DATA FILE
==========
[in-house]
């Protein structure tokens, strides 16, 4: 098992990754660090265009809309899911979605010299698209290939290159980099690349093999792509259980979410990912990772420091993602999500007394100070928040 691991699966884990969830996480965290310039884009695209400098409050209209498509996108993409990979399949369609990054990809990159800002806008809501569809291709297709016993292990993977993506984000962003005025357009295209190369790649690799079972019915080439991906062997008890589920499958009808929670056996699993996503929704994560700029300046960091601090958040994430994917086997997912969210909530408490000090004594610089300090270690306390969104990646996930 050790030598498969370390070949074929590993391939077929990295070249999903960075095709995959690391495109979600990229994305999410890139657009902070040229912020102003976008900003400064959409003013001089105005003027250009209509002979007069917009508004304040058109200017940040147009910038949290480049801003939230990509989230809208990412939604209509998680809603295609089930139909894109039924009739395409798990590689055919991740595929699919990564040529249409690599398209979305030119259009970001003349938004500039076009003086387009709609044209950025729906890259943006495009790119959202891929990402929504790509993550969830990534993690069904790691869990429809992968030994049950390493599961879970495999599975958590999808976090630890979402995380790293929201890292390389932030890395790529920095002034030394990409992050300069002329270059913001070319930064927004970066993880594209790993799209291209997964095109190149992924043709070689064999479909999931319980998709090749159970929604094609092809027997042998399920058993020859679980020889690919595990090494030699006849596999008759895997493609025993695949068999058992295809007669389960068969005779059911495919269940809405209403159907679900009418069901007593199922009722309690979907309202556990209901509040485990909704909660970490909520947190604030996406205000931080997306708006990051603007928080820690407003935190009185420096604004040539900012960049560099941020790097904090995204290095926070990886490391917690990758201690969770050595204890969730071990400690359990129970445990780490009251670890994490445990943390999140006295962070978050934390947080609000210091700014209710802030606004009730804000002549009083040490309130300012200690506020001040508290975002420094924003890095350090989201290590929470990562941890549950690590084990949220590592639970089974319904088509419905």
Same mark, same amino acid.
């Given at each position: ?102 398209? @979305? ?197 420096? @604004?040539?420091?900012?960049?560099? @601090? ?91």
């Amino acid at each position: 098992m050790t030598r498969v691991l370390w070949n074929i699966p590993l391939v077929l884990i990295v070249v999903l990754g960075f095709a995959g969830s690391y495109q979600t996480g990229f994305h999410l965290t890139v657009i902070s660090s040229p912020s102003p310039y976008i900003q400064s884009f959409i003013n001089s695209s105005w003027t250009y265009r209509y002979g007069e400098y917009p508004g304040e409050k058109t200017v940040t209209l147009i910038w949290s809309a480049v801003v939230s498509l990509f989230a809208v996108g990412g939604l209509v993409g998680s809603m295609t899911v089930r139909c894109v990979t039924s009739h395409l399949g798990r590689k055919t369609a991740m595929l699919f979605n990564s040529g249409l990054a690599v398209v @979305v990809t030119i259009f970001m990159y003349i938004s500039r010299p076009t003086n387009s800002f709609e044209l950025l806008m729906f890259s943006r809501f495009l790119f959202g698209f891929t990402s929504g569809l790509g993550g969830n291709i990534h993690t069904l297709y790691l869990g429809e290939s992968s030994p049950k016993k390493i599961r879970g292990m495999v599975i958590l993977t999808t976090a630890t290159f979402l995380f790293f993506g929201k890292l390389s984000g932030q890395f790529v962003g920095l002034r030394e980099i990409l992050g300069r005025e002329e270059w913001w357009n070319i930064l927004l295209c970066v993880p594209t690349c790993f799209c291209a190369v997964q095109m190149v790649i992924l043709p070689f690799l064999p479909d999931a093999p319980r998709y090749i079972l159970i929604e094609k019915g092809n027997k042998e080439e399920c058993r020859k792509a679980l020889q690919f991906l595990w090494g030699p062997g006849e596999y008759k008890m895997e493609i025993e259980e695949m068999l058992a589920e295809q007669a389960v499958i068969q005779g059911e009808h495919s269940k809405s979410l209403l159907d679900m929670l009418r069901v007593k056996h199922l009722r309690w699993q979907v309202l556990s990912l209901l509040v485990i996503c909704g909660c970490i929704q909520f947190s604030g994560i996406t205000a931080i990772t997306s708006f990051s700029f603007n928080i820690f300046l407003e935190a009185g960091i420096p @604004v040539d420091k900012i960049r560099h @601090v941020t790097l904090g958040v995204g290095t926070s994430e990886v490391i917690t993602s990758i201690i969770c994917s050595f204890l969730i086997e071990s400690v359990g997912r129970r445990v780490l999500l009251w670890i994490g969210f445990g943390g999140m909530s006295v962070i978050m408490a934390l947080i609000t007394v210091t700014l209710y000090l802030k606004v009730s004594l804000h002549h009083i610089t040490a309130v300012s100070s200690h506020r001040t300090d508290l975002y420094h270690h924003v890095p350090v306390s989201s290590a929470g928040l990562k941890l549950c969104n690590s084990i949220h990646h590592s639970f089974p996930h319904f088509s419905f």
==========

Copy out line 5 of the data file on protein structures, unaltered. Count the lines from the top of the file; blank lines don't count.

């Amino acid at each position: 098992m050790t030598r498969v691991l370390w070949n074929i699966p590993l391939v077929l884990i990295v070249v999903l990754g960075f095709a995959g969830s690391y495109q979600t996480g990229f994305h999410l965290t890139v657009i902070s660090s040229p912020s102003p310039y976008i900003q400064s884009f959409i003013n001089s695209s105005w003027t250009y265009r209509y002979g007069e400098y917009p508004g304040e409050k058109t200017v940040t209209l147009i910038w949290s809309a480049v801003v939230s498509l990509f989230a809208v996108g990412g939604l209509v993409g998680s809603m295609t899911v089930r139909c894109v990979t039924s009739h395409l399949g798990r590689k055919t369609a991740m595929l699919f979605n990564s040529g249409l990054a690599v398209v @979305v990809t030119i259009f970001m990159y003349i938004s500039r010299p076009t003086n387009s800002f709609e044209l950025l806008m729906f890259s943006r809501f495009l790119f959202g698209f891929t990402s929504g569809l790509g993550g969830n291709i990534h993690t069904l297709y790691l869990g429809e290939s992968s030994p049950k016993k390493i599961r879970g292990m495999v599975i958590l993977t999808t976090a630890t290159f979402l995380f790293f993506g929201k890292l390389s984000g932030q890395f790529v962003g920095l002034r030394e980099i990409l992050g300069r005025e002329e270059w913001w357009n070319i930064l927004l295209c970066v993880p594209t690349c790993f799209c291209a190369v997964q095109m190149v790649i992924l043709p070689f690799l064999p479909d999931a093999p319980r998709y090749i079972l159970i929604e094609k019915g092809n027997k042998e080439e399920c058993r020859k792509a679980l020889q690919f991906l595990w090494g030699p062997g006849e596999y008759k008890m895997e493609i025993e259980e695949m068999l058992a589920e295809q007669a389960v499958i068969q005779g059911e009808h495919s269940k809405s979410l209403l159907d679900m929670l009418r069901v007593k056996h199922l009722r309690w699993q979907v309202l556990s990912l209901l509040v485990i996503c909704g909660c970490i929704q909520f947190s604030g994560i996406t205000a931080i990772t997306s708006f990051s700029f603007n928080i820690f300046l407003e935190a009185g960091i420096p @604004v040539d420091k900012i960049r560099h @601090v941020t790097l904090g958040v995204g290095t926070s994430e990886v490391i917690t993602s990758i201690i969770c994917s050595f204890l969730i086997e071990s400690v359990g997912r129970r445990v780490l999500l009251w670890i994490g969210f445990g943390g999140m909530s006295v962070i978050m408490a934390l947080i609000t007394v210091t700014l209710y000090l802030k606004v009730s004594l804000h002549h009083i610089t040490a309130v300012s100070s200690h506020r001040t300090d508290l975002y420094h270690h924003v890095p350090v306390s989201s290590a929470g928040l990562k941890l549950c969104n690590s084990i949220h990646h590592s639970f089974p996930h319904f088509s419905f």